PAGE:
As some of you know, World War Two has always called to me, and the research I did for An Incidental Spy was a journey of discovery into the creative ways spies communicated with each other and their spymasters.
Here in the US, well before we joined the war, Nazi spies were active on our shores, desperate to find out what US scientists, politicians and generals were planning. At the same time the Allies had spies on the Continent, and, after the war started, behind German lines. Whatever side you were on, secrecy was vital and passing secrets safely involved all kinds of clever subterfuge.
Last winter I wrote a blog about tradecraft based on my visit to the International Spy Museum in Washington and Bletchley Park in the UK. Many of the tools (with the exception of code-breaking) I discovered are deceptively simple, designed to blend into the background: clever disguises, surveillance, and unexpected ways to exchange secure messages. And, as I said in my post on Jungle Red Writers last week, some of the inventions that came out of WW2 are undergoing a renaissance today. So, I thought I’d list a Baker’s Dozen espionage techniques, some of which I think are rather ingenious.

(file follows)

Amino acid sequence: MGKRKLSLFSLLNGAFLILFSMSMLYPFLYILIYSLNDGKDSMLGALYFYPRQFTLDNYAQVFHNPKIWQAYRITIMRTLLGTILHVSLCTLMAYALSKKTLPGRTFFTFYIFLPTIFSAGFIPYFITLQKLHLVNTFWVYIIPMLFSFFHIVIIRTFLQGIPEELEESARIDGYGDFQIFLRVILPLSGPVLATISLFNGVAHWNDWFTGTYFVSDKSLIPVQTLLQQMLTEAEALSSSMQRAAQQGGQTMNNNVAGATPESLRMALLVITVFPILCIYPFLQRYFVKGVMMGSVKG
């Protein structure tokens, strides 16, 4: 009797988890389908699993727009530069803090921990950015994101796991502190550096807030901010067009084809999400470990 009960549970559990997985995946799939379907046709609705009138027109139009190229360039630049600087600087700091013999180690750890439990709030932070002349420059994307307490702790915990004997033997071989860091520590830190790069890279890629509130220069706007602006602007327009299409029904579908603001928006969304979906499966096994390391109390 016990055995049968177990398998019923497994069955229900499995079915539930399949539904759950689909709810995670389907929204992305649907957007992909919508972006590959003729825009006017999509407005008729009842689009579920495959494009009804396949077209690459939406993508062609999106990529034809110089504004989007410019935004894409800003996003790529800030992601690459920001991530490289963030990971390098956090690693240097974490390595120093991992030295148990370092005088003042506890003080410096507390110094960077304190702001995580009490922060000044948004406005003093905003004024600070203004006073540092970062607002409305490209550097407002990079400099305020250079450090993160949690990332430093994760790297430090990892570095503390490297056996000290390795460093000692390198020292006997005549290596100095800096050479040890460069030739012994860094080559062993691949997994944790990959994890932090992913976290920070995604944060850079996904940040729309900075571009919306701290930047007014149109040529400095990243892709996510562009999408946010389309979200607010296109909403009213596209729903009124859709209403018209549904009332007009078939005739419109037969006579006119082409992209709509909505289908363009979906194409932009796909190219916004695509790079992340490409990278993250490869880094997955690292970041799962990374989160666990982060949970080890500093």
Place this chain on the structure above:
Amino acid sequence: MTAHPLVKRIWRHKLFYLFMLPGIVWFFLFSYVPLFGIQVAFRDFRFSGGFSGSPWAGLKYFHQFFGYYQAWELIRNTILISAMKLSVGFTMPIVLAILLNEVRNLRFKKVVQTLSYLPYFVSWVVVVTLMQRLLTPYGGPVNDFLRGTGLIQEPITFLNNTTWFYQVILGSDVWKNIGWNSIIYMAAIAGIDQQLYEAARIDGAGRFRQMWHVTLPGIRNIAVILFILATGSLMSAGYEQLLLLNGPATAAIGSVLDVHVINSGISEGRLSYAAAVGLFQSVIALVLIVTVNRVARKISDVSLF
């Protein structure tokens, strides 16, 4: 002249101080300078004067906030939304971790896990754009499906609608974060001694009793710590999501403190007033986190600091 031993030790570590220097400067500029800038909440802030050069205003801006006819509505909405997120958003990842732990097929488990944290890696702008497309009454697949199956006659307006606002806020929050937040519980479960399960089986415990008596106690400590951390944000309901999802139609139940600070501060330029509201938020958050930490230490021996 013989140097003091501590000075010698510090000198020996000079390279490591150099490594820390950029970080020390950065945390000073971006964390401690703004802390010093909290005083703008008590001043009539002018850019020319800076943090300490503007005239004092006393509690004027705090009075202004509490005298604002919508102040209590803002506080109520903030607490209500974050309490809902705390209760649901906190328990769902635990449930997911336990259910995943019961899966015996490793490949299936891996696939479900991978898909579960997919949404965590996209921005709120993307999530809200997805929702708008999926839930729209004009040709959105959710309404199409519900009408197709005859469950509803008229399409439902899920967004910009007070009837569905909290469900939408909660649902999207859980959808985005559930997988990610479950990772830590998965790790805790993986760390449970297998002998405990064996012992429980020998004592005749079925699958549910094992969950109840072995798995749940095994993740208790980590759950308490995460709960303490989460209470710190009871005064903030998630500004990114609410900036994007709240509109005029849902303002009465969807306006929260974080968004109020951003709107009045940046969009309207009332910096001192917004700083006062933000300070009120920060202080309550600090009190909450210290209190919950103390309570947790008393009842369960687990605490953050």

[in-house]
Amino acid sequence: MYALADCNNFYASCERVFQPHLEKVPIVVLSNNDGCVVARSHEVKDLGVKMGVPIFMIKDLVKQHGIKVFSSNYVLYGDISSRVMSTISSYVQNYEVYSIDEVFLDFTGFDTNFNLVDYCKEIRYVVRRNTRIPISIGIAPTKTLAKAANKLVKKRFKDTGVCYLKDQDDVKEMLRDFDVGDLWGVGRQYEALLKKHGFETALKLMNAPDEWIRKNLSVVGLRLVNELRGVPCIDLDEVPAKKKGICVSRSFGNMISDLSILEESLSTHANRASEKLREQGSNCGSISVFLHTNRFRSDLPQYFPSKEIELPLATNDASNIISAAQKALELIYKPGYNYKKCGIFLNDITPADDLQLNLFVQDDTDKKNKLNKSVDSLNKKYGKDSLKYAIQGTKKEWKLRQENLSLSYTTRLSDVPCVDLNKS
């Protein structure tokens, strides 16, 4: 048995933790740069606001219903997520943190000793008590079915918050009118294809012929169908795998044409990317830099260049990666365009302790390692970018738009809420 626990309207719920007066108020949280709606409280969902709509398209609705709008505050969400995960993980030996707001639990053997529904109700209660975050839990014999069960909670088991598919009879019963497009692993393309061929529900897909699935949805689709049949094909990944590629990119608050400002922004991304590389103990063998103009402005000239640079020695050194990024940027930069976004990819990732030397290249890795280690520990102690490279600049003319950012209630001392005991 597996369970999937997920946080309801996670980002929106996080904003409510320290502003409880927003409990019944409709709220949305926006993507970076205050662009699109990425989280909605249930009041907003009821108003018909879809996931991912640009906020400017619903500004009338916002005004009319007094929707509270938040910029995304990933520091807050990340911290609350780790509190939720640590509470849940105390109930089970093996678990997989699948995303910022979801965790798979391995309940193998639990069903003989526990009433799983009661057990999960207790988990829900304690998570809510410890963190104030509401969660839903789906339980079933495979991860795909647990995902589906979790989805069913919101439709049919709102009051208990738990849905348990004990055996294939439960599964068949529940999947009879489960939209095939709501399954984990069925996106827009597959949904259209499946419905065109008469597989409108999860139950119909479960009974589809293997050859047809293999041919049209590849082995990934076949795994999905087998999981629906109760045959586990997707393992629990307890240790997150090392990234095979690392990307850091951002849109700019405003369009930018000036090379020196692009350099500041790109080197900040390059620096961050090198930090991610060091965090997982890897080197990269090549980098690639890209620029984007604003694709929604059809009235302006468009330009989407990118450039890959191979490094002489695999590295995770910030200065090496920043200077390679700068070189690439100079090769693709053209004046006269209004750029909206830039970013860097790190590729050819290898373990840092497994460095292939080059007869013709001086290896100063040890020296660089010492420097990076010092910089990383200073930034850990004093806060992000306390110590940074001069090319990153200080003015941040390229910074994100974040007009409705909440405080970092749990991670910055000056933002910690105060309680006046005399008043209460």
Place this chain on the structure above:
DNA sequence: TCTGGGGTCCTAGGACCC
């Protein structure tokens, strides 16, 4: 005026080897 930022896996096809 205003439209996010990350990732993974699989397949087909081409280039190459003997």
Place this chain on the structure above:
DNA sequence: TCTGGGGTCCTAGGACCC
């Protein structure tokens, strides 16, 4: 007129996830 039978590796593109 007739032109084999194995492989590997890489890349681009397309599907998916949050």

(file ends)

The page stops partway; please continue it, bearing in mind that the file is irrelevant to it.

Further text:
Classic WW2 Tradecraft Secrets
2. Hollowed out coins – Coins carried messages, most famously in 1953 when a Russian agent accidentally gave his hollow nickel, containing a microphoto, to a newspaper boy. It took the FBI four years to decode the instructions embedded in the photo.
3. Signalling a drop or other important event with chalk – This is a subtle way to indicate where you’ve hidden items that easily washes off. You could also move a flag or flowerpot to signal a meeting, or put a light in a certain window. A book in a car window might signal a meet too.
4. Dropping an orange peel to mark the way – Just like Hansel and Gretel, the Russians apparently were fond of the orange peel trick, which lets spies leave a brightly colored trail so ordinary and everyday it doesn’t attract attention.
5. Pyrofilm – “This message will self-destruct in five seconds…” Mission Impossible-style messages were first developed during World War II. Spies could keep sensitive information in a special Pyrofilm Combustible Notebook whose film caught fire when triggered by a special pencil. The message would burn up in seconds, leaving no evidence.
6. Silent maps – The last thing you need is a rustling map. To avoid detection, spies used maps printed on silk, which didn’t rustle when you unfolded them. A simple trick but it saved lives.
8. The jack-in-the-box dummy – A Jack-in-the-Box was simply a suitcase containing a human-shaped dummy. From the shoulders up it looked just like a person, perfect when a spy wants to escape surveillance. All you did was wait for a sharp corner, fall out of the passenger side, and open the Jack-in-the-Box. The five seconds you were out of view was enough to roll out of the vehicle into safety in the shadows.